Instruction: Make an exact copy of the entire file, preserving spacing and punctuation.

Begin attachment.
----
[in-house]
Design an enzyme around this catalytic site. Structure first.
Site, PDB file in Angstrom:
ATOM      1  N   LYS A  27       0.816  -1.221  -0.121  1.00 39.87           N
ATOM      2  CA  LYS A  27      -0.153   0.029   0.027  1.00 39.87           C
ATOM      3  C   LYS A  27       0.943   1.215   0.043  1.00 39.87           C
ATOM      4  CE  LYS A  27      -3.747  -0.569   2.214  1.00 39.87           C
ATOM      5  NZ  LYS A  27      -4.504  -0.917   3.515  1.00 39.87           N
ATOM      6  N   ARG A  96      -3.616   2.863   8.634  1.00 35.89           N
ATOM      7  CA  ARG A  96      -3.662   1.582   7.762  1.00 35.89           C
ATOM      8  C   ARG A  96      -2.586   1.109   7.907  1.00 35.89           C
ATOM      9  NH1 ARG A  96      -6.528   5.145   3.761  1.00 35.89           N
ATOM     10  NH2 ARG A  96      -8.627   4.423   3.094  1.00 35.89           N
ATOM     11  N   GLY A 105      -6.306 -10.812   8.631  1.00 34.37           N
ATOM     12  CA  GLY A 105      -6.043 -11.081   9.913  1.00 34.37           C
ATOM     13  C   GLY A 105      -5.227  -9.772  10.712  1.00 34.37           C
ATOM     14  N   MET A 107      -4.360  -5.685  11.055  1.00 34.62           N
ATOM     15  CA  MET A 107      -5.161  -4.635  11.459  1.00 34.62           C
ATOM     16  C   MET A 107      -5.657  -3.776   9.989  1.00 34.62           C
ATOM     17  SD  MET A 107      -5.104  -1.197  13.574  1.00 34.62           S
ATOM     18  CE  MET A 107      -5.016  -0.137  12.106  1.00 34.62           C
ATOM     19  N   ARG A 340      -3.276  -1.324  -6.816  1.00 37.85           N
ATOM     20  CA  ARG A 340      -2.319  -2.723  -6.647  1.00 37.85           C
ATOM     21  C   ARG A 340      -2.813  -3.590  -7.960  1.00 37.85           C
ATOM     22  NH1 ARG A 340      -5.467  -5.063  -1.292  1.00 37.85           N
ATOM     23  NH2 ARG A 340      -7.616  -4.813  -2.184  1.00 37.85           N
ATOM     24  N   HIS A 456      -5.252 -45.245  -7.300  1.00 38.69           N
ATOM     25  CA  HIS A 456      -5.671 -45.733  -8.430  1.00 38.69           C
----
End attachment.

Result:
[in-house]
Design an enzyme around this catalytic site. Structure first.
Site, PDB file in Angstrom:
ATOM      1  N   LYS A  27       0.816  -1.221  -0.121  1.00 39.87           N
ATOM      2  CA  LYS A  27      -0.153   0.029   0.027  1.00 39.87           C
ATOM      3  C   LYS A  27       0.943   1.215   0.043  1.00 39.87           C
ATOM      4  CE  LYS A  27      -3.747  -0.569   2.214  1.00 39.87           C
ATOM      5  NZ  LYS A  27      -4.504  -0.917   3.515  1.00 39.87           N
ATOM      6  N   ARG A  96      -3.616   2.863   8.634  1.00 35.89           N
ATOM      7  CA  ARG A  96      -3.662   1.582   7.762  1.00 35.89           C
ATOM      8  C   ARG A  96      -2.586   1.109   7.907  1.00 35.89           C
ATOM      9  NH1 ARG A  96      -6.528   5.145   3.761  1.00 35.89           N
ATOM     10  NH2 ARG A  96      -8.627   4.423   3.094  1.00 35.89           N
ATOM     11  N   GLY A 105      -6.306 -10.812   8.631  1.00 34.37           N
ATOM     12  CA  GLY A 105      -6.043 -11.081   9.913  1.00 34.37           C
ATOM     13  C   GLY A 105      -5.227  -9.772  10.712  1.00 34.37           C
ATOM     14  N   MET A 107      -4.360  -5.685  11.055  1.00 34.62           N
ATOM     15  CA  MET A 107      -5.161  -4.635  11.459  1.00 34.62           C
ATOM     16  C   MET A 107      -5.657  -3.776   9.989  1.00 34.62           C
ATOM     17  SD  MET A 107      -5.104  -1.197  13.574  1.00 34.62           S
ATOM     18  CE  MET A 107      -5.016  -0.137  12.106  1.00 34.62           C
ATOM     19  N   ARG A 340      -3.276  -1.324  -6.816  1.00 37.85           N
ATOM     20  CA  ARG A 340      -2.319  -2.723  -6.647  1.00 37.85           C
ATOM     21  C   ARG A 340      -2.813  -3.590  -7.960  1.00 37.85           C
ATOM     22  NH1 ARG A 340      -5.467  -5.063  -1.292  1.00 37.85           N
ATOM     23  NH2 ARG A 340      -7.616  -4.813  -2.184  1.00 37.85           N
ATOM     24  N   HIS A 456      -5.252 -45.245  -7.300  1.00 38.69           N
ATOM     25  CA  HIS A 456      -5.671 -45.733  -8.430  1.00 38.69           C